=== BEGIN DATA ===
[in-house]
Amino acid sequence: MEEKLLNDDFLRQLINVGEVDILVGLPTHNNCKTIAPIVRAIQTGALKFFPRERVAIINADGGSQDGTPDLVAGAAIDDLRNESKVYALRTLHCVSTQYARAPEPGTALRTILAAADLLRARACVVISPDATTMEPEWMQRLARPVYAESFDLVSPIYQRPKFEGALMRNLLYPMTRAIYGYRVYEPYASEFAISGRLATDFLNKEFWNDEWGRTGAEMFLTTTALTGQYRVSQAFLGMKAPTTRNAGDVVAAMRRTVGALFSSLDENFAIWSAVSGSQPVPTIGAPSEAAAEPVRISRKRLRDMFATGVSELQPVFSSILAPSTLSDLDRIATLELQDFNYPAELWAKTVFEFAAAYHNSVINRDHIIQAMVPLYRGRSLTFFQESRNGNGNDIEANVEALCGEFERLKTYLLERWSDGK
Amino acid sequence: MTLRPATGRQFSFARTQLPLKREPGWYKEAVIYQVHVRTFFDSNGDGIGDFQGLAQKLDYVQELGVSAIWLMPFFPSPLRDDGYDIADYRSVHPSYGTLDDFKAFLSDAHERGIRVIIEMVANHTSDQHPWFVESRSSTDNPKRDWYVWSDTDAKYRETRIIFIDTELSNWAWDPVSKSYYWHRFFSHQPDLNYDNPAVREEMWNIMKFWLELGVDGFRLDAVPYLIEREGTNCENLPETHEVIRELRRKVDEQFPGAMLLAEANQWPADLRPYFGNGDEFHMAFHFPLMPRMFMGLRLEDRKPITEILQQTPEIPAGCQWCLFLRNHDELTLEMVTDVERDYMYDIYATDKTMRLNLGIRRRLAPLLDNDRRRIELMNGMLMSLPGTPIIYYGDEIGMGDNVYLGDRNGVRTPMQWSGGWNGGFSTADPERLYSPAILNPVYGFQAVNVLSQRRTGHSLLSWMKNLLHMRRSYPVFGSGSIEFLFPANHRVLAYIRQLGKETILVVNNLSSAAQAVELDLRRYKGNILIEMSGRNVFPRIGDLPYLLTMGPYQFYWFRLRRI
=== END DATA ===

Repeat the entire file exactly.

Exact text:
[in-house]
Amino acid sequence: MEEKLLNDDFLRQLINVGEVDILVGLPTHNNCKTIAPIVRAIQTGALKFFPRERVAIINADGGSQDGTPDLVAGAAIDDLRNESKVYALRTLHCVSTQYARAPEPGTALRTILAAADLLRARACVVISPDATTMEPEWMQRLARPVYAESFDLVSPIYQRPKFEGALMRNLLYPMTRAIYGYRVYEPYASEFAISGRLATDFLNKEFWNDEWGRTGAEMFLTTTALTGQYRVSQAFLGMKAPTTRNAGDVVAAMRRTVGALFSSLDENFAIWSAVSGSQPVPTIGAPSEAAAEPVRISRKRLRDMFATGVSELQPVFSSILAPSTLSDLDRIATLELQDFNYPAELWAKTVFEFAAAYHNSVINRDHIIQAMVPLYRGRSLTFFQESRNGNGNDIEANVEALCGEFERLKTYLLERWSDGK
Amino acid sequence: MTLRPATGRQFSFARTQLPLKREPGWYKEAVIYQVHVRTFFDSNGDGIGDFQGLAQKLDYVQELGVSAIWLMPFFPSPLRDDGYDIADYRSVHPSYGTLDDFKAFLSDAHERGIRVIIEMVANHTSDQHPWFVESRSSTDNPKRDWYVWSDTDAKYRETRIIFIDTELSNWAWDPVSKSYYWHRFFSHQPDLNYDNPAVREEMWNIMKFWLELGVDGFRLDAVPYLIEREGTNCENLPETHEVIRELRRKVDEQFPGAMLLAEANQWPADLRPYFGNGDEFHMAFHFPLMPRMFMGLRLEDRKPITEILQQTPEIPAGCQWCLFLRNHDELTLEMVTDVERDYMYDIYATDKTMRLNLGIRRRLAPLLDNDRRRIELMNGMLMSLPGTPIIYYGDEIGMGDNVYLGDRNGVRTPMQWSGGWNGGFSTADPERLYSPAILNPVYGFQAVNVLSQRRTGHSLLSWMKNLLHMRRSYPVFGSGSIEFLFPANHRVLAYIRQLGKETILVVNNLSSAAQAVELDLRRYKGNILIEMSGRNVFPRIGDLPYLLTMGPYQFYWFRLRRI